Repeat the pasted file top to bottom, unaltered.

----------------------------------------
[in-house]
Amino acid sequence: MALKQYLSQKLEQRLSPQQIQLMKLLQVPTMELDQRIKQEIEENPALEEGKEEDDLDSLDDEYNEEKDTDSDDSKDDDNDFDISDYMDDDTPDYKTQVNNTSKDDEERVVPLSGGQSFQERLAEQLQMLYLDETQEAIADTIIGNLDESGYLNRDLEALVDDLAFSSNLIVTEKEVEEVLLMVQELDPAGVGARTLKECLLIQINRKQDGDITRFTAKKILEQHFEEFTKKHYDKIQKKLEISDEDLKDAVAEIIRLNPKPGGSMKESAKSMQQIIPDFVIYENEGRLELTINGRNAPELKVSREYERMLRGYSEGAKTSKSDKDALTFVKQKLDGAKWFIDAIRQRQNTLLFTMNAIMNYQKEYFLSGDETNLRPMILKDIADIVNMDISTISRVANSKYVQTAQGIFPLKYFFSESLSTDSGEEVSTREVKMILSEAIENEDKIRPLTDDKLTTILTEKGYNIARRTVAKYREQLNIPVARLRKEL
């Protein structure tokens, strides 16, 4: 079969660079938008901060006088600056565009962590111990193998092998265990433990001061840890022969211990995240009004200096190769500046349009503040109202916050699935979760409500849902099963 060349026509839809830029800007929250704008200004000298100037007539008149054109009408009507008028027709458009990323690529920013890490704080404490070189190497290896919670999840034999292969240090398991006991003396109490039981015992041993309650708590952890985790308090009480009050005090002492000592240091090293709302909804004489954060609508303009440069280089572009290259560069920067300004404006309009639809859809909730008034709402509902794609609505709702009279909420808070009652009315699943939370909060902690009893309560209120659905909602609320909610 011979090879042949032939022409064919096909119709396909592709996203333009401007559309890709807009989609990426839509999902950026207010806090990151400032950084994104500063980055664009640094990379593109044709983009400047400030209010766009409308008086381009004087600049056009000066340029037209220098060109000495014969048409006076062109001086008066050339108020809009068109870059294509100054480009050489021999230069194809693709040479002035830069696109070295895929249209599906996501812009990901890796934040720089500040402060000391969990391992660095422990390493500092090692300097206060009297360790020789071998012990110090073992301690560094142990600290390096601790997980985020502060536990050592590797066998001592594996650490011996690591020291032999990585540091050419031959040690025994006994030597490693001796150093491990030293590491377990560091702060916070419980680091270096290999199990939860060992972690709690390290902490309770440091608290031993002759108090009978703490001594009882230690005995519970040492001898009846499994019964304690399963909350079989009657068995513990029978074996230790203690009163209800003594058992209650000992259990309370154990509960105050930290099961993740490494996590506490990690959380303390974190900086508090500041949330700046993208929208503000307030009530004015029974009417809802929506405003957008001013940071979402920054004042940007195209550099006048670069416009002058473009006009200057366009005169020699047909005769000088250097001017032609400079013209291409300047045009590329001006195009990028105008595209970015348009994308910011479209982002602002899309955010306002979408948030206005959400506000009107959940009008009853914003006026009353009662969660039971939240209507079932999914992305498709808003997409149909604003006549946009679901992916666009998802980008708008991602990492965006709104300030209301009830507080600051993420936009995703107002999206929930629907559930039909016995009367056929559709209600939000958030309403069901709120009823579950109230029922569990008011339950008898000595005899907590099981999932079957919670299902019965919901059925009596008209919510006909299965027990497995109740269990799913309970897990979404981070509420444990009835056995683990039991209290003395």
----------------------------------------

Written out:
[in-house]
Amino acid sequence: MALKQYLSQKLEQRLSPQQIQLMKLLQVPTMELDQRIKQEIEENPALEEGKEEDDLDSLDDEYNEEKDTDSDDSKDDDNDFDISDYMDDDTPDYKTQVNNTSKDDEERVVPLSGGQSFQERLAEQLQMLYLDETQEAIADTIIGNLDESGYLNRDLEALVDDLAFSSNLIVTEKEVEEVLLMVQELDPAGVGARTLKECLLIQINRKQDGDITRFTAKKILEQHFEEFTKKHYDKIQKKLEISDEDLKDAVAEIIRLNPKPGGSMKESAKSMQQIIPDFVIYENEGRLELTINGRNAPELKVSREYERMLRGYSEGAKTSKSDKDALTFVKQKLDGAKWFIDAIRQRQNTLLFTMNAIMNYQKEYFLSGDETNLRPMILKDIADIVNMDISTISRVANSKYVQTAQGIFPLKYFFSESLSTDSGEEVSTREVKMILSEAIENEDKIRPLTDDKLTTILTEKGYNIARRTVAKYREQLNIPVARLRKEL
């Protein structure tokens, strides 16, 4: 079969660079938008901060006088600056565009962590111990193998092998265990433990001061840890022969211990995240009004200096190769500046349009503040109202916050699935979760409500849902099963 060349026509839809830029800007929250704008200004000298100037007539008149054109009408009507008028027709458009990323690529920013890490704080404490070189190497290896919670999840034999292969240090398991006991003396109490039981015992041993309650708590952890985790308090009480009050005090002492000592240091090293709302909804004489954060609508303009440069280089572009290259560069920067300004404006309009639809859809909730008034709402509902794609609505709702009279909420808070009652009315699943939370909060902690009893309560209120659905909602609320909610 011979090879042949032939022409064919096909119709396909592709996203333009401007559309890709807009989609990426839509999902950026207010806090990151400032950084994104500063980055664009640094990379593109044709983009400047400030209010766009409308008086381009004087600049056009000066340029037209220098060109000495014969048409006076062109001086008066050339108020809009068109870059294509100054480009050489021999230069194809693709040479002035830069696109070295895929249209599906996501812009990901890796934040720089500040402060000391969990391992660095422990390493500092090692300097206060009297360790020789071998012990110090073992301690560094142990600290390096601790997980985020502060536990050592590797066998001592594996650490011996690591020291032999990585540091050419031959040690025994006994030597490693001796150093491990030293590491377990560091702060916070419980680091270096290999199990939860060992972690709690390290902490309770440091608290031993002759108090009978703490001594009882230690005995519970040492001898009846499994019964304690399963909350079989009657068995513990029978074996230790203690009163209800003594058992209650000992259990309370154990509960105050930290099961993740490494996590506490990690959380303390974190900086508090500041949330700046993208929208503000307030009530004015029974009417809802929506405003957008001013940071979402920054004042940007195209550099006048670069416009002058473009006009200057366009005169020699047909005769000088250097001017032609400079013209291409300047045009590329001006195009990028105008595209970015348009994308910011479209982002602002899309955010306002979408948030206005959400506000009107959940009008009853914003006026009353009662969660039971939240209507079932999914992305498709808003997409149909604003006549946009679901992916666009998802980008708008991602990492965006709104300030209301009830507080600051993420936009995703107002999206929930629907559930039909016995009367056929559709209600939000958030309403069901709120009823579950109230029922569990008011339950008898000595005899907590099981999932079957919670299902019965919901059925009596008209919510006909299965027990497995109740269990799913309970897990979404981070509420444990009835056995683990039991209290003395």